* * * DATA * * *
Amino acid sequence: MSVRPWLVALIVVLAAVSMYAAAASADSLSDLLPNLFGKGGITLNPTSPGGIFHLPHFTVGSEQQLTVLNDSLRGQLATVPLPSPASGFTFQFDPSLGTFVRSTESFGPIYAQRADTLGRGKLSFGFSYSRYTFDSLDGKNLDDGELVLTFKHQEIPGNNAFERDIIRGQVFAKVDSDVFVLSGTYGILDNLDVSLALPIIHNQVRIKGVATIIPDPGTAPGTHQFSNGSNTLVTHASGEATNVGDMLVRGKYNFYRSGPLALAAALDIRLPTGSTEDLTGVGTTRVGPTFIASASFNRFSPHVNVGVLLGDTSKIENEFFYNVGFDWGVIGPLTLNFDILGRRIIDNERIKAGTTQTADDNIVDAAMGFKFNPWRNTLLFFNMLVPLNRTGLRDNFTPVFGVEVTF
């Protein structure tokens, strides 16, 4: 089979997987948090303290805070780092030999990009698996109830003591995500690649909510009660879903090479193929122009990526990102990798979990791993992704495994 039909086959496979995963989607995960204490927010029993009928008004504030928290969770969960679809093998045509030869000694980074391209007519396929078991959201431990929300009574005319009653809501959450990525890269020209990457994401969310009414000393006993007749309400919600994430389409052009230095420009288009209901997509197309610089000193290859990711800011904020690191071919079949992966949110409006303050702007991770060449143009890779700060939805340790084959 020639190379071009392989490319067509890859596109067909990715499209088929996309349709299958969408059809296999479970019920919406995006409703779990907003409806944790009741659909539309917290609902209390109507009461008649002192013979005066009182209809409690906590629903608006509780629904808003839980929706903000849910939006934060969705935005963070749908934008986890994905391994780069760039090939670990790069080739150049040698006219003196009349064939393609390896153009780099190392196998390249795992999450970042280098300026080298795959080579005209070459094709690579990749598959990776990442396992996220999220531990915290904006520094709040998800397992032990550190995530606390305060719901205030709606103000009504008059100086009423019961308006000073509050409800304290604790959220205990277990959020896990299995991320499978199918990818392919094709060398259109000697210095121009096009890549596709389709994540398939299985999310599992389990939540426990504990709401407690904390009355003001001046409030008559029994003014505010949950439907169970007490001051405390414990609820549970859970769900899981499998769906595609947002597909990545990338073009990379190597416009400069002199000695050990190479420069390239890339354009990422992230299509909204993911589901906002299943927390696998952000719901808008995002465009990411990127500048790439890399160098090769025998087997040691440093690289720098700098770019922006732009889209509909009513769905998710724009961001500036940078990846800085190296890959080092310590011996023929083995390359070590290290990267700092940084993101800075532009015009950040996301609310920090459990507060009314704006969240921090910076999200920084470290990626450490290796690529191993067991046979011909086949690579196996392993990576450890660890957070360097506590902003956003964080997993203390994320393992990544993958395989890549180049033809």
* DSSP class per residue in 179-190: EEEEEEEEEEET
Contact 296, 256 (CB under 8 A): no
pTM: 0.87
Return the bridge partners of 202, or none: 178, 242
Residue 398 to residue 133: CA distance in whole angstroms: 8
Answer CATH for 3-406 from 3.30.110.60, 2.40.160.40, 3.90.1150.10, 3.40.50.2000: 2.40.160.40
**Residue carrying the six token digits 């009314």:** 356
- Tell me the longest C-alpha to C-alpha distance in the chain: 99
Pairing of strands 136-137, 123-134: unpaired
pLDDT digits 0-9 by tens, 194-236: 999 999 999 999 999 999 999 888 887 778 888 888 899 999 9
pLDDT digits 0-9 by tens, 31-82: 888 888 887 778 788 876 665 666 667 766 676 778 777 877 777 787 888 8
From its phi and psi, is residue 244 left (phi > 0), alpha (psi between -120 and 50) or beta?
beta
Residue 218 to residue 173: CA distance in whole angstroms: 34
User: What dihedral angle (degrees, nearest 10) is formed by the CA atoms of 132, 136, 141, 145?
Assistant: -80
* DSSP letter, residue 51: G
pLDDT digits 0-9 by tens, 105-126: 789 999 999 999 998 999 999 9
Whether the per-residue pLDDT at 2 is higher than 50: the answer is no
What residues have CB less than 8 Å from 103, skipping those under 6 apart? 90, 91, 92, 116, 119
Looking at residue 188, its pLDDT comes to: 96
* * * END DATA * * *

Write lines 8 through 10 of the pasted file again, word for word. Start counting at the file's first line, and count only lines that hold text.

Answer CATH for 3-406 from 3.30.110.60, 2.40.160.40, 3.90.1150.10, 3.40.50.2000: 2.40.160.40
**Residue carrying the six token digits 């009314």:** 356
- Tell me the longest C-alpha to C-alpha distance in the chain: 99